What are the health benefits of dark chocolate? Just the best news that chocolate lovers could hope to hear (short of a way to remove all the calories without altering the taste)!
Now you don’t have to feel bad because it tastes s-o-o-o-o good, anymore. You can point to scientific studies that show it…
- improves your mood (does it ever!)
- lowers high blood pressure
- increases circulation
- fights aging
- soothes a cough
- can reduce cholesterol
- boosts your brain power
- high in antioxidants
Sound too good to be true? It isn’t. These benefits are real, accessible, and a great reason (excuse) to eat dark chocolate.
Dark Chocolate Lowers Blood Pressure
Dark chocolate — not white chocolate — lowers high blood pressure, say Dirk Taubert, MD, PhD, and colleagues at the University of Cologne, Germany. Their report appears in the Aug. 27 issue of The Journal of the American Medical Association.
But that’s no license to go on a chocolate binge. Eating more dark chocolate can help lower blood pressure — if you’ve reached a certain age and have mild high blood pressure, say the researchers. But you have to balance the extra calories by eating less of other things.
High blood pressure is a well known risk factor for heart disease. It is also one of the most common causes of kidney failure, and a significant contributor to many kinds of dementia and cognitive impairment. Studies have shown that consuming a small bar of dark chocolate daily can reduce blood pressure in people with mild hypertension.
Why are people with risk factors for heart disease sometimes told to take a baby aspirin every day? The reason is that aspirin thins the blood and reduces the likelihood of clots forming (clots play a key role in many heart attacks and strokes). Research performed at the department of nutrition at the University of California, Davis, found that chocolate thins the blood and performs the same anti-clotting activity as aspirin. “Our work supports the concept that the chronic consumption of cocoa may be associated with improved cardiovascular health,” said UC Davis researcher Carl Keen.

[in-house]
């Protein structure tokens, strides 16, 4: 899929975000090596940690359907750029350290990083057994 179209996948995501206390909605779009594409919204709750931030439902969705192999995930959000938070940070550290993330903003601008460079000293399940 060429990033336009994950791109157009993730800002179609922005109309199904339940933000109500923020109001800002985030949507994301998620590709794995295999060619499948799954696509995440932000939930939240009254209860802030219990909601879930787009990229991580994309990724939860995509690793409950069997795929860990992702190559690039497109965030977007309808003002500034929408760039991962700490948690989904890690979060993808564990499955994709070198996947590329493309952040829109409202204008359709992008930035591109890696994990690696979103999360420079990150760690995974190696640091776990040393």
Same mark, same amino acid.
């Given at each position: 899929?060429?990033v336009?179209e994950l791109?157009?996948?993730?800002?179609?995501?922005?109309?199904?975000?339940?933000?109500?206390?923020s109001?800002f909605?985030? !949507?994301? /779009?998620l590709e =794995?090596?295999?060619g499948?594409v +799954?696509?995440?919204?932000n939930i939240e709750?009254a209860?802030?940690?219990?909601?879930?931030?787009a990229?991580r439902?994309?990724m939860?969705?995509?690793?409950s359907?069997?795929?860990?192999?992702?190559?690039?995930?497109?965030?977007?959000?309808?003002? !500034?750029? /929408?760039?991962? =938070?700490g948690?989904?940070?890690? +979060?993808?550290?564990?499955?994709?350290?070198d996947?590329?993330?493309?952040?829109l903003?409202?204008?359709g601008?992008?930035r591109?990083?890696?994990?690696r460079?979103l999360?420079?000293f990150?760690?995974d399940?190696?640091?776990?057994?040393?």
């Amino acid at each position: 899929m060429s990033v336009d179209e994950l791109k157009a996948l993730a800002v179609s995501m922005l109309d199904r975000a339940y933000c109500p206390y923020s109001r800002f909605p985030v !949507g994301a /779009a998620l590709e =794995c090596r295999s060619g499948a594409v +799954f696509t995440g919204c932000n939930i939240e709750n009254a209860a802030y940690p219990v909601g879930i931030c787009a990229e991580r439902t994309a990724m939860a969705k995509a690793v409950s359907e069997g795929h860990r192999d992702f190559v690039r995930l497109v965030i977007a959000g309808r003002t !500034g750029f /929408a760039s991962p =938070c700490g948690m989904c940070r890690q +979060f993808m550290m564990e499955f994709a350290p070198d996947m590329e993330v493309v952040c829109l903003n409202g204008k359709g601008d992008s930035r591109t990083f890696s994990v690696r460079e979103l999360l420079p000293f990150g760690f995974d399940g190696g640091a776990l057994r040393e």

How much chocolate would you have to eat to obtain these benefits? Less than you might think. According to a study published in the American Journal of Clinical Nutrition, adding only half an ounce of dark chocolate to an average American diet is enough to increase total antioxidant capacity 4 percent, and lessen oxidation of LDL cholesterol.
Why, then, has chocolate gotten such a bum reputation? It’s the ingredients we add to it. Nearly all of the calories in a typical chocolate bar are sugar and fat.
As far as fats go, it’s the added fats that are the difficulty, not the natural fat (called cocoa butter) found in chocolate. Cocoa butter is high in saturated fat, so many people assume that it’s not good for your cardiovascular system. But most of the saturated fat content in cocoa butter is stearic acid, which numerous studies have shown does not raise blood cholesterol levels. In the human body, it acts much like the monounsaturated fat in olive oil.
Milk chocolate, on the other hand, contains added butterfat which can raise blood cholesterol levels. And it has less antioxidants and other beneficial phytochemicals than dark chocolate.
Does chocolate contribute to acne? Milk chocolate has been shown to do so, but I’ve never heard of any evidence incriminating dark chocolate.
Dark chocolate is also healthier because it has less added sugar. I’m sure you don’t need another lecture on the dangers of excess sugar consumption. But if you want to become obese and dramatically raise your odds of developing diabetes, heart disease, cancer and Alzheimer’s disease, foods high in sugar (including high fructose corn syrup) are just the ticket.
Antioxidants in Dark Chocolate
Dark chocolate — but not milk chocolate or dark chocolate eaten with milk — is a potent antioxidant, report Mauro Serafini, PhD, of Italy’s National Institute for Food and Nutrition Research in Rome, and colleagues. Their report appears in the Aug. 28 issue of Nature. Antioxidants gobble up free radicals, destructive molecules that are implicated in heart disease and other ailments.
“Our findings indicate that milk may interfere with the absorption of antioxidants from chocolate … and may therefore negate the potential health benefits that can be derived from eating moderate amounts of dark chocolate.”
Translation: Say “Dark, please,” when ordering at the chocolate counter. Don’t even think of washing it down with milk. And if health is your excuse for eating chocolate, remember the word “moderate” as you nibble.